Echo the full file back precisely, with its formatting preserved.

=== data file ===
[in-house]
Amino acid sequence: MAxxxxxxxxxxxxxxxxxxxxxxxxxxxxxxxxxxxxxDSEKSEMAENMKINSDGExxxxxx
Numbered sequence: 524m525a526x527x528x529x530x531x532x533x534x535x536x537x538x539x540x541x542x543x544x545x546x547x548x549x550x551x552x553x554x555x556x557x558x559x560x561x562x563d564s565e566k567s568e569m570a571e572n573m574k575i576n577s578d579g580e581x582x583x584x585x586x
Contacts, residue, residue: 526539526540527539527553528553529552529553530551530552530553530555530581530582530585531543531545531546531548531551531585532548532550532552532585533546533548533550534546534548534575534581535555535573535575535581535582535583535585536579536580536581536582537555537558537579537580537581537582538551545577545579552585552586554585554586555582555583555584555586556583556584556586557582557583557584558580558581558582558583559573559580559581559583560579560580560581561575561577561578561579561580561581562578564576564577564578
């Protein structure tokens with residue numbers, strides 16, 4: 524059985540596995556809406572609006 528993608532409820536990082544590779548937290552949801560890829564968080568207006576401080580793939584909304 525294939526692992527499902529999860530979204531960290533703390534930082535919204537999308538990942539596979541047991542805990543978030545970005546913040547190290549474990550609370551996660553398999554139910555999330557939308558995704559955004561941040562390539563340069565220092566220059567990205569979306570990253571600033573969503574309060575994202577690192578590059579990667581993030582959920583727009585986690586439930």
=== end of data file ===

[in-house]
Amino acid sequence: MAxxxxxxxxxxxxxxxxxxxxxxxxxxxxxxxxxxxxxDSEKSEMAENMKINSDGExxxxxx
Numbered sequence: 524m525a526x527x528x529x530x531x532x533x534x535x536x537x538x539x540x541x542x543x544x545x546x547x548x549x550x551x552x553x554x555x556x557x558x559x560x561x562x563d564s565e566k567s568e569m570a571e572n573m574k575i576n577s578d579g580e581x582x583x584x585x586x
Contacts, residue, residue: 526539526540527539527553528553529552529553530551530552530553530555530581530582530585531543531545531546531548531551531585532548532550532552532585533546533548533550534546534548534575534581535555535573535575535581535582535583535585536579536580536581536582537555537558537579537580537581537582538551545577545579552585552586554585554586555582555583555584555586556583556584556586557582557583557584558580558581558582558583559573559580559581559583560579560580560581561575561577561578561579561580561581562578564576564577564578
């Protein structure tokens with residue numbers, strides 16, 4: 524059985540596995556809406572609006 528993608532409820536990082544590779548937290552949801560890829564968080568207006576401080580793939584909304 525294939526692992527499902529999860530979204531960290533703390534930082535919204537999308538990942539596979541047991542805990543978030545970005546913040547190290549474990550609370551996660553398999554139910555999330557939308558995704559955004561941040562390539563340069565220092566220059567990205569979306570990253571600033573969503574309060575994202577690192578590059579990667581993030582959920583727009585986690586439930």